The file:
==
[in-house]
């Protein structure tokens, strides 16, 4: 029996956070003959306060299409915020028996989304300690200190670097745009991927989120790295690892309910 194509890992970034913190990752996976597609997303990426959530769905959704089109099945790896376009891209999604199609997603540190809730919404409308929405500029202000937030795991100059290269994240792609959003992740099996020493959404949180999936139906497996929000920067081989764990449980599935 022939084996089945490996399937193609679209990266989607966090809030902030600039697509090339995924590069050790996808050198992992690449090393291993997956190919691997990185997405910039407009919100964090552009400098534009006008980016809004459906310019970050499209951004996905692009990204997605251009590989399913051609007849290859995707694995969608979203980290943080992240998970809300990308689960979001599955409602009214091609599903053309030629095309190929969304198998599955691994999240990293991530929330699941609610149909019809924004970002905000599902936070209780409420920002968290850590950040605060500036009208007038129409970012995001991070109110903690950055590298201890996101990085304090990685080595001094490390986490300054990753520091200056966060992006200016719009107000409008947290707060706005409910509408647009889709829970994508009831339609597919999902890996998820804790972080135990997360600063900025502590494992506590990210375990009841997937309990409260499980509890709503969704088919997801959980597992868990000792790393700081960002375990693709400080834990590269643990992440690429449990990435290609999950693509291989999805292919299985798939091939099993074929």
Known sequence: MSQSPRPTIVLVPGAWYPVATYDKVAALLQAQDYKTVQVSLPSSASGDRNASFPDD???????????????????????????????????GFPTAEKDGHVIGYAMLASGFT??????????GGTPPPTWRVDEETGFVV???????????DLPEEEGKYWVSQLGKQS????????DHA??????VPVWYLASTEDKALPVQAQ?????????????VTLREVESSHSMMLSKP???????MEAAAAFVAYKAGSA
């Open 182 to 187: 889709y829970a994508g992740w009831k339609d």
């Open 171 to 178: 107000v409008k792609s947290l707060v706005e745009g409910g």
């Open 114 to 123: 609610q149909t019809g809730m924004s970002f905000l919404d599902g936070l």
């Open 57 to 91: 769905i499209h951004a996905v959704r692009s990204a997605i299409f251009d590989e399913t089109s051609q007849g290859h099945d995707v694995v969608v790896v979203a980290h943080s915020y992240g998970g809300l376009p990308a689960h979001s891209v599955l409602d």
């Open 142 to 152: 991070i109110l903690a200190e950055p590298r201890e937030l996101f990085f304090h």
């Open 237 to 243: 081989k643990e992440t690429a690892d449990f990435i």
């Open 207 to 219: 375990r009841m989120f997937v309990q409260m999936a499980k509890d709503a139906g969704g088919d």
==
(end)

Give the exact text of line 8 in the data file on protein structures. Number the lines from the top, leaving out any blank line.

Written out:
């Open 142 to 152: 991070i109110l903690a200190e950055p590298r201890e937030l996101f990085f304090h």